IN THE GRAVE HOUSE
There is a house in the middle of the woods
The house should have been visible from much farther away. Up close the crowns of the trees would have covered its top, but just a mile ahead its spindly towers and spiked roof tops would have towered well above the thicket of the forest. Instead it stumbles the brambles onto a crumbling, overgrown road, and further along to the abandoned house. It is a modern sort of castle, all small black brick, dark shindels, sharp edges and fine four-pane windows. Really more like a mansion sculpted after the impressions of a castle—one sighted on a trip to the wild shores of overseas, made real in a dream and now overgrown with moss and ivy.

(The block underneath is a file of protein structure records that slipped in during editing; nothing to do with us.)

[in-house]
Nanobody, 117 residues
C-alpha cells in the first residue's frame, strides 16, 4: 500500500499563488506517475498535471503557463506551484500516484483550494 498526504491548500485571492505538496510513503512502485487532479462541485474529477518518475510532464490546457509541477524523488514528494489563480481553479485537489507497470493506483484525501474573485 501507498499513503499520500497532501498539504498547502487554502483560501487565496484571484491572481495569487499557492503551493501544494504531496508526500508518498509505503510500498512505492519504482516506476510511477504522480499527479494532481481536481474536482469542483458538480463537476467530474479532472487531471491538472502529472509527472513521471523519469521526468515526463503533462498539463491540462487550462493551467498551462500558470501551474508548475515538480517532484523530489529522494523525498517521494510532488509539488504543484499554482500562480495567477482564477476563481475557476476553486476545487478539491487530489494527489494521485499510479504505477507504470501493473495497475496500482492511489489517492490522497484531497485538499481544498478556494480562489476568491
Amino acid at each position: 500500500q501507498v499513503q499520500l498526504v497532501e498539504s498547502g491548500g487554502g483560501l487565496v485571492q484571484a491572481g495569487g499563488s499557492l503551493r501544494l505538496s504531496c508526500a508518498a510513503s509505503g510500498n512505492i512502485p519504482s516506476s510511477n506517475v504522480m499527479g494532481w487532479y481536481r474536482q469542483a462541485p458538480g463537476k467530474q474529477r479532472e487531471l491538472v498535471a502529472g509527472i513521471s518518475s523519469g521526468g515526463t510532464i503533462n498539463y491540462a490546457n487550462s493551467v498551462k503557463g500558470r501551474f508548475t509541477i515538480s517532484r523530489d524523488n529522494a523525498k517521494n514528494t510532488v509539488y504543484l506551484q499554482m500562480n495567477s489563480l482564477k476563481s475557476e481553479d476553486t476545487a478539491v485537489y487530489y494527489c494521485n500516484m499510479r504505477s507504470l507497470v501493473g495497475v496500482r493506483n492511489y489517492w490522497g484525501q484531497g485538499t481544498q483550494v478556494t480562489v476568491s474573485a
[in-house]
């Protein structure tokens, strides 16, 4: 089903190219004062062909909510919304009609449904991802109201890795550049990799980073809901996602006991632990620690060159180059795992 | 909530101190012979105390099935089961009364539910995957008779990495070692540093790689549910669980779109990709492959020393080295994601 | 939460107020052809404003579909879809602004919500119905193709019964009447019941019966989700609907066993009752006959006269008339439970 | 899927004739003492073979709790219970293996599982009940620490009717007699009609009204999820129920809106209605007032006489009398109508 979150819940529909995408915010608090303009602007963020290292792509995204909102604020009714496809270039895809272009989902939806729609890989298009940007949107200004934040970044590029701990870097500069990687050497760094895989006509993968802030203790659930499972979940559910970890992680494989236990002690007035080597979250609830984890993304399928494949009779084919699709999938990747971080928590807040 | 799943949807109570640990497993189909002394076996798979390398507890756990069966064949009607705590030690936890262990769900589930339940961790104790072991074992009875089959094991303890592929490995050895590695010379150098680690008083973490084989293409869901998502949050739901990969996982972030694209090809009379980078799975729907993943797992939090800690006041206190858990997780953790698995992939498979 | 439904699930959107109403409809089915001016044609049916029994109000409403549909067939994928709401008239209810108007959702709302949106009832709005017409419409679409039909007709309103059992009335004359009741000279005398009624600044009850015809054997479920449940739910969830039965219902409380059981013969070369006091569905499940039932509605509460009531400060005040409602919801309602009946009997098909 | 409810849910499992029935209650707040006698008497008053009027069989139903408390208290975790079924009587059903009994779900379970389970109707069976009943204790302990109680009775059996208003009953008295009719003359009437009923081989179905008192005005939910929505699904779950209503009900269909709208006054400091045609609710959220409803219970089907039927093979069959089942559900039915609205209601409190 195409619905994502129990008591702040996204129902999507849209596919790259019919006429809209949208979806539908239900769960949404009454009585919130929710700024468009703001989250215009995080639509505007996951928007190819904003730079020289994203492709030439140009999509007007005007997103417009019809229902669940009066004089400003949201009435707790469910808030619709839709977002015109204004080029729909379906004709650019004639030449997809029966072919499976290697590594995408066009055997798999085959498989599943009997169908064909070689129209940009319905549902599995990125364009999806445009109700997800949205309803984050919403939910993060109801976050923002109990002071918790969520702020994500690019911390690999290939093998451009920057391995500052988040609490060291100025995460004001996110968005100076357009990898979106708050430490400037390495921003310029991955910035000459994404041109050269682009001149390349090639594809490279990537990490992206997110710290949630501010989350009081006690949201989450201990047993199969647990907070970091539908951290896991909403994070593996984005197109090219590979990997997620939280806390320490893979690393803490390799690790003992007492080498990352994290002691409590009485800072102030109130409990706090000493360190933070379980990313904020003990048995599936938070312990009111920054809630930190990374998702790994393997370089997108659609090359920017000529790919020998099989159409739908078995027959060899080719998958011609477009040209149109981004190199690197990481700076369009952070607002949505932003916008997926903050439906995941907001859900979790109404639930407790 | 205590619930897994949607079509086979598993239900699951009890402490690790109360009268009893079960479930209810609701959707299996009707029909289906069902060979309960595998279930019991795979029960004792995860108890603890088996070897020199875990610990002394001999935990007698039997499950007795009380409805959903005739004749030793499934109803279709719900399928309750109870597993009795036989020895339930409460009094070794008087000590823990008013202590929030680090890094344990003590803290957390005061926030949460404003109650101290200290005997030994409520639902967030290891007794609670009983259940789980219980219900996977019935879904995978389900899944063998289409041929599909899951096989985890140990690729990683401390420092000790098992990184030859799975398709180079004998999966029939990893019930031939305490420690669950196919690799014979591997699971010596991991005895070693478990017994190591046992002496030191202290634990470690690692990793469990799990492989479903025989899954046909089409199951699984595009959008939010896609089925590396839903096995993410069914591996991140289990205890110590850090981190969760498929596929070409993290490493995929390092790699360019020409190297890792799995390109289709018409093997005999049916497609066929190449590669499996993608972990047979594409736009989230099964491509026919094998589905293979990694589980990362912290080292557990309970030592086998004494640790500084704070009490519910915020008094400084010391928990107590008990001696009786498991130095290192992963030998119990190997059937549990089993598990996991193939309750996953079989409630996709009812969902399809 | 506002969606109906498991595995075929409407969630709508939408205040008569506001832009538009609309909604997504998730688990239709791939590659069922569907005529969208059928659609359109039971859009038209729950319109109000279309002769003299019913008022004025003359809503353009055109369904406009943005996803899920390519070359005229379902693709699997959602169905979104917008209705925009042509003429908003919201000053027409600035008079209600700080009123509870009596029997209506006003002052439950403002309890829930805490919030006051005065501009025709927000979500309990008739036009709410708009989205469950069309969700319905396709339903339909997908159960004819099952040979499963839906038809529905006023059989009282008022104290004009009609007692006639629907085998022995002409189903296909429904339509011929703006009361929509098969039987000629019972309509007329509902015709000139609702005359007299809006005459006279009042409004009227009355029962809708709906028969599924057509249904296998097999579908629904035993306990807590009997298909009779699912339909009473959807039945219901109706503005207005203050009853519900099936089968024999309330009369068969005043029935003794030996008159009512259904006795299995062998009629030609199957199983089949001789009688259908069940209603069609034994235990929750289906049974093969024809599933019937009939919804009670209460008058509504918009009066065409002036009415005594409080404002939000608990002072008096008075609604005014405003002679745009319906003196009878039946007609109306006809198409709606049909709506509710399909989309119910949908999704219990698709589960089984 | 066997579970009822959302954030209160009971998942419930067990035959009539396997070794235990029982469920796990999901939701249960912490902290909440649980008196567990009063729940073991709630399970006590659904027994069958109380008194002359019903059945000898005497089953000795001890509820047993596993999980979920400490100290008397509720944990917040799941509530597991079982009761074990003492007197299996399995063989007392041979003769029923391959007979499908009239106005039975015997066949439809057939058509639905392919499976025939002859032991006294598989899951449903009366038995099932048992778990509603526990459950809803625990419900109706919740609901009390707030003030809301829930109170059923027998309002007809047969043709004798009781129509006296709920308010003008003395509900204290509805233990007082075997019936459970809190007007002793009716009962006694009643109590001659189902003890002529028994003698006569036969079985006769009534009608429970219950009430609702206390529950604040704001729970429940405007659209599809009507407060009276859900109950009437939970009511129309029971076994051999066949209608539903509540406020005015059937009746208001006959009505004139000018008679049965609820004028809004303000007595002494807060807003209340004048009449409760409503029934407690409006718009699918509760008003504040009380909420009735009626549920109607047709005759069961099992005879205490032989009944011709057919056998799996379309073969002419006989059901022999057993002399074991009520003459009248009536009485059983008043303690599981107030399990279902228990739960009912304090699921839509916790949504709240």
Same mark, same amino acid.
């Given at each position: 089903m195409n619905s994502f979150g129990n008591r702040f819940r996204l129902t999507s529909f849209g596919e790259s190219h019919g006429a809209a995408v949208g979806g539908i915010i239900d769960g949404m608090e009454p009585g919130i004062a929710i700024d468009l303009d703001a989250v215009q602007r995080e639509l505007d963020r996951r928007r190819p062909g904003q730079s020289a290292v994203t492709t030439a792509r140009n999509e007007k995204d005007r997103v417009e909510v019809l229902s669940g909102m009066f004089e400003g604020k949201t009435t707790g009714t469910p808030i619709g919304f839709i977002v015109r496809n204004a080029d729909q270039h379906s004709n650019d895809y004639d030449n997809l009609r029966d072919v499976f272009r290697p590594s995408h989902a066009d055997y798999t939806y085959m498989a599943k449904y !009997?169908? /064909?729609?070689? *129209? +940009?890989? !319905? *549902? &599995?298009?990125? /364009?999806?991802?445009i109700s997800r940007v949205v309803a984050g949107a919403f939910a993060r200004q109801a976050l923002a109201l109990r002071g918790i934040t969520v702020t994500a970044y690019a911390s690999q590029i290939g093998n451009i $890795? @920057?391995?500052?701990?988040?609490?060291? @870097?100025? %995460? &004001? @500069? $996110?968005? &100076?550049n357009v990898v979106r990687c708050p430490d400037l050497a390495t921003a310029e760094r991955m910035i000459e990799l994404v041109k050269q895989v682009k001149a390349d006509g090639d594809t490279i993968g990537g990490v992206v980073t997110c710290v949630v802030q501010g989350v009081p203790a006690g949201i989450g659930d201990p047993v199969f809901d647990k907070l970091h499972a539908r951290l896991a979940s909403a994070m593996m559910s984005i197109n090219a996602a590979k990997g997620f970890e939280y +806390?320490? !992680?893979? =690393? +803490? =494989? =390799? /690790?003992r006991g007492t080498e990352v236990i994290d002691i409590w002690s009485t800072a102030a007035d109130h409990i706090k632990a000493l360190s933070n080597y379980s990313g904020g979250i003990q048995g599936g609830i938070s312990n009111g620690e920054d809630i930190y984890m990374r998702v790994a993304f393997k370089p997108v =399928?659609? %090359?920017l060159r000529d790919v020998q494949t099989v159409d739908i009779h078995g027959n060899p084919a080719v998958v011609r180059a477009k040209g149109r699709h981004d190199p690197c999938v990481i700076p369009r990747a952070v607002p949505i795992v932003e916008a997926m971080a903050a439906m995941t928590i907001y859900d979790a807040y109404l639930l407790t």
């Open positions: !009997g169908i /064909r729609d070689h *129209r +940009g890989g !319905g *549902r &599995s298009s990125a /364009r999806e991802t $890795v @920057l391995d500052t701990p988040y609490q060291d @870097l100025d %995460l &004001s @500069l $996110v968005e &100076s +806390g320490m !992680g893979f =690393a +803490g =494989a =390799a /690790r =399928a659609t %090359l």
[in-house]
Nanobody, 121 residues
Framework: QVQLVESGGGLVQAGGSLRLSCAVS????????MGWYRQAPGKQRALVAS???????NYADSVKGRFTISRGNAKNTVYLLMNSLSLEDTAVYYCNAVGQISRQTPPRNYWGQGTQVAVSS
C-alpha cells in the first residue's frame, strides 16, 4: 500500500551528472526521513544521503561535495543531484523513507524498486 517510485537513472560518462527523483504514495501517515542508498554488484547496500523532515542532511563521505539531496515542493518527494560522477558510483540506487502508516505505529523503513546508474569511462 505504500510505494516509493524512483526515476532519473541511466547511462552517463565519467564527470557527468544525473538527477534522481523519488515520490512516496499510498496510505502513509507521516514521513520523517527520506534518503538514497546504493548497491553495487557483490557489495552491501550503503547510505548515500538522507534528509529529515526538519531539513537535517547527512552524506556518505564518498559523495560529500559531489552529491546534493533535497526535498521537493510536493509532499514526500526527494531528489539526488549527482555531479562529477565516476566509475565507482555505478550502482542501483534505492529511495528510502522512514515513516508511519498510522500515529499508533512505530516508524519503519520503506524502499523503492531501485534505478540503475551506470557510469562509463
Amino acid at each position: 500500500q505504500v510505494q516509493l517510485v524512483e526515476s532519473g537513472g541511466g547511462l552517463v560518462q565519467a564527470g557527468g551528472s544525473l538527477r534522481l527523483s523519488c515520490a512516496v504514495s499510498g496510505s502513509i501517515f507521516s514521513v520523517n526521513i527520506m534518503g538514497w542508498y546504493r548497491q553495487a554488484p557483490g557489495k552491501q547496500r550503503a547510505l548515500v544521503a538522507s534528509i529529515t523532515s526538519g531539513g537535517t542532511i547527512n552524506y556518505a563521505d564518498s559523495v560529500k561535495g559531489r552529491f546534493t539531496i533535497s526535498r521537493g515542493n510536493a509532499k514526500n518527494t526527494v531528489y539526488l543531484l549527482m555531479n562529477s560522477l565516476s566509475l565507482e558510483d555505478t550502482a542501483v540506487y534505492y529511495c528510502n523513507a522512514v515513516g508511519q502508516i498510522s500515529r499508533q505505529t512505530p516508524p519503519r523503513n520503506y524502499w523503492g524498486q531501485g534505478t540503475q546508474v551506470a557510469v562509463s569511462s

The path through what once must have been a lush garden, is filled with brambles, thick thorns. The trees bend at odd angles, warped in ways you have never seen before. It seems like they are turning around themselves, sharp edges where there shouldn’t be. The thicket wraps around your legs, playfully tugging at your ankles.
Your shoes make no sound when they hit the stone path. There are no sounds besides the pitter-patter of the rain.
The remnants of a glassern greenhouse peeks shyly from behind the structure.